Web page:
Tag Archives: gender

Policy in 500 Words: Power and Knowledge

Classic studies suggest that the most profound and worrying kinds of power are the hardest to observe. We often witness highly visible political battles and can use pluralist methods to identify who has material resources, how they use them, and who wins. However, key forms of power ensure that many such battles do not take place. Actors often use their resources to reinforce social attitudes and policymakers’ beliefs, to establish which issues are policy problems worthy of attention and which populations deserve government support or punishment. Key battles may not arise because not enough people think they are worthy of debate. Attention and support for debate may rise, only to be crowded out of a political agenda in which policymakers can only debate a small number of issues.

Studies of power relate these processes to the manipulation of ideas or shared beliefs under conditions of bounded rationality (see for example the NPF). Manipulation might describe some people getting other people to do things they would not otherwise do. They exploit the beliefs of people who do not know enough about the world, or themselves, to know how to identify and pursue their best interests. Or, they encourage social norms – in which we describe some behaviour as acceptable and some as deviant – which are enforced by the state (for example, via criminal justice and mental health policy), but also social groups and individuals who govern their own behaviour with reference to what they feel is expected of them (and the consequences of not living up to expectations).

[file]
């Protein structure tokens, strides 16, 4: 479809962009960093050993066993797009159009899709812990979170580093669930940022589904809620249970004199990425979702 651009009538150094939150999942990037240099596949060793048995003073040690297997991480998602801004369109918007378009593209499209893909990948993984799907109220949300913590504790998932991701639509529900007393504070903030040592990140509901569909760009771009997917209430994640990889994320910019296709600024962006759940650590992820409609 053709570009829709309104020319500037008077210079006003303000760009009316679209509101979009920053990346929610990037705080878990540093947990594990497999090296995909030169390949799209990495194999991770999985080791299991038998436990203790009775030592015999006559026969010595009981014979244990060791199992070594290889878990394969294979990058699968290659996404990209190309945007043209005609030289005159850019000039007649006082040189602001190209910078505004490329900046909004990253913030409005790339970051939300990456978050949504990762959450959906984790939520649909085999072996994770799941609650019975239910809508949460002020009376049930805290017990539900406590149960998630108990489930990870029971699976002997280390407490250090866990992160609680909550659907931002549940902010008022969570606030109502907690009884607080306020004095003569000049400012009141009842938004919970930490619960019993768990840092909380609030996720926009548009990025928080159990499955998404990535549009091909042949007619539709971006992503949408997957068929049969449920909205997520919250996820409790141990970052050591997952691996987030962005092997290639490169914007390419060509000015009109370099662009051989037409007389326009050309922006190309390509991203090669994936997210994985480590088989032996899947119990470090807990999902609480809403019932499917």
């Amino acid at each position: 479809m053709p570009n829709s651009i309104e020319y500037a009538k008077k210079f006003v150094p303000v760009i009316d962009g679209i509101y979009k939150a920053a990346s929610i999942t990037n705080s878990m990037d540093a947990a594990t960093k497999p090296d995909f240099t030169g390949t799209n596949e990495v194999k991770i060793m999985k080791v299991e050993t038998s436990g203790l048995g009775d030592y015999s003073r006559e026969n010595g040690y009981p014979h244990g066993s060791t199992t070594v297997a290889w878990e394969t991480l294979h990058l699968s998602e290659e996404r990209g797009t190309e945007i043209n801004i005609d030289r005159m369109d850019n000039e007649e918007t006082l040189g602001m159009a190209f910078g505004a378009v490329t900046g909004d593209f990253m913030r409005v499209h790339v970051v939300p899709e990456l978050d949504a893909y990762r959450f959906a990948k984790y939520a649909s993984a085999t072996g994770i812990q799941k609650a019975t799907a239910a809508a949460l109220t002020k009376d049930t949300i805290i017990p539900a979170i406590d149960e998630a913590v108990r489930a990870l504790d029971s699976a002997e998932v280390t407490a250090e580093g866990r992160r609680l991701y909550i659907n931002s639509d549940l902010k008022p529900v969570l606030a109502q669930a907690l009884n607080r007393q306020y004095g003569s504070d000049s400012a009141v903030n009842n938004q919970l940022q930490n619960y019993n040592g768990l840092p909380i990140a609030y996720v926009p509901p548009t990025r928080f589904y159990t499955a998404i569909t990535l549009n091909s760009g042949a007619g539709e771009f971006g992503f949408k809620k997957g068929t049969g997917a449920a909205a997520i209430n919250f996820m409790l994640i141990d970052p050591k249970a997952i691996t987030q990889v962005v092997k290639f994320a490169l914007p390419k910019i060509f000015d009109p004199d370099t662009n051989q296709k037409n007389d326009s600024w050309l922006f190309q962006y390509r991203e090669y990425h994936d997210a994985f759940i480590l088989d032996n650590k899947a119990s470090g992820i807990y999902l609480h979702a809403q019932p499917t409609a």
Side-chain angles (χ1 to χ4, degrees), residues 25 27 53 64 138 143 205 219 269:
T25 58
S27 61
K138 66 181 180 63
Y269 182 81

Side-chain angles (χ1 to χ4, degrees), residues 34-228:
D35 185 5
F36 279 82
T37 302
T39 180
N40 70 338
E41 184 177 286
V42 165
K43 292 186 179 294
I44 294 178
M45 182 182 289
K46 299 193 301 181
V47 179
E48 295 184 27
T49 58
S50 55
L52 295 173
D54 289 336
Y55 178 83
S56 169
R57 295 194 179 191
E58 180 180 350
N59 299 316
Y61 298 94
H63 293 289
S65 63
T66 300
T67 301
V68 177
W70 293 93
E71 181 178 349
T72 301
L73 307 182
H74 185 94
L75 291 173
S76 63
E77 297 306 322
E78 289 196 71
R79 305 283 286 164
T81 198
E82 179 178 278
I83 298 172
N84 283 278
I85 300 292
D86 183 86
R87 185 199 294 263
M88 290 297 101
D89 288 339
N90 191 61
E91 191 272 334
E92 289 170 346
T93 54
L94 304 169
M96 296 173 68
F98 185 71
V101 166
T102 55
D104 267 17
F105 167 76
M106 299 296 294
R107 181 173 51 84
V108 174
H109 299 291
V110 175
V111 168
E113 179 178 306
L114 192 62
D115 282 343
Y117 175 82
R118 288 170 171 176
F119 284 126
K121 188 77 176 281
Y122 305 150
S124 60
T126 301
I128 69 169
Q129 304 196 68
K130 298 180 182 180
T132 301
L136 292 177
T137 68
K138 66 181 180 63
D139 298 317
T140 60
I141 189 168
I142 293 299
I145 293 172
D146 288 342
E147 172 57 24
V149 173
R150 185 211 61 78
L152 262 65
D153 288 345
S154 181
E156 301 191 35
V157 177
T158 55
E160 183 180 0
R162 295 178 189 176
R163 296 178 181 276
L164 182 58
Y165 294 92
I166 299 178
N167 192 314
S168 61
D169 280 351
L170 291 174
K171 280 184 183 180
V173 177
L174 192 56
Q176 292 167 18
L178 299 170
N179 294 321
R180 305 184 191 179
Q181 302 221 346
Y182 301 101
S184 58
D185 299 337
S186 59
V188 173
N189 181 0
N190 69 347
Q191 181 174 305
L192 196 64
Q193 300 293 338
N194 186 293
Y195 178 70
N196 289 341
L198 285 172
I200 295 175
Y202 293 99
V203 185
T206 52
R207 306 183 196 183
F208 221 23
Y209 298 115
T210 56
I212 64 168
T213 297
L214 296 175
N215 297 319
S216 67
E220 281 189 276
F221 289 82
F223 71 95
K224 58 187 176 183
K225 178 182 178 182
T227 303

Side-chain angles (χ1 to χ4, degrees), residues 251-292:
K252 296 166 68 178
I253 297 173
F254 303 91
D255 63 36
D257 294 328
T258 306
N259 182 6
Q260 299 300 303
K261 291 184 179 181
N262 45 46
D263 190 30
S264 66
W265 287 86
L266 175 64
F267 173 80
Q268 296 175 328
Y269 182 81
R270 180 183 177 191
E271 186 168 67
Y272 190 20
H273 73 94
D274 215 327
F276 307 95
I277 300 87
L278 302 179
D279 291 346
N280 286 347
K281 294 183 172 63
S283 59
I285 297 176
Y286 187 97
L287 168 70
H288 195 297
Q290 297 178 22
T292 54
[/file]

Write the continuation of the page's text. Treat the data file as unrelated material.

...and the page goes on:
Such beliefs, norms, and rules are profoundly important because they often remain unspoken and taken for granted. Indeed, some studies equate them with the social structures that appear to close off some action. If so, we may not need to identify manipulation to find unequal power relationships: strong and enduring social practices help some people win at the expense of others, by luck or design.

In practice, these more-or-less-observable forms of power co-exist and often reinforce each other:

Example 1. The control of elected office is highly skewed towards men. Male incumbency, combined with social norms about who should engage in politics and public life, signal to women that their efforts may be relatively unrewarded and routinely punished – for example, in electoral campaigns in which women face verbal and physical misogyny – and the oversupply of men in powerful positions tends to limit debates on feminist issues.

Example 2. ‘Epistemic violencedescribes the act of dismissing an individual, social group, or population by undermining the value of their knowledge or claim to knowledge. Specific discussions include: (a) the colonial West’s subjugation of colonized populations, diminishing the voice of the subaltern; (b) privileging scientific knowledge and dismissing knowledge claims via personal or shared experience; and (c) erasing the voices of women of colour from the history of women’s activism and intellectual history.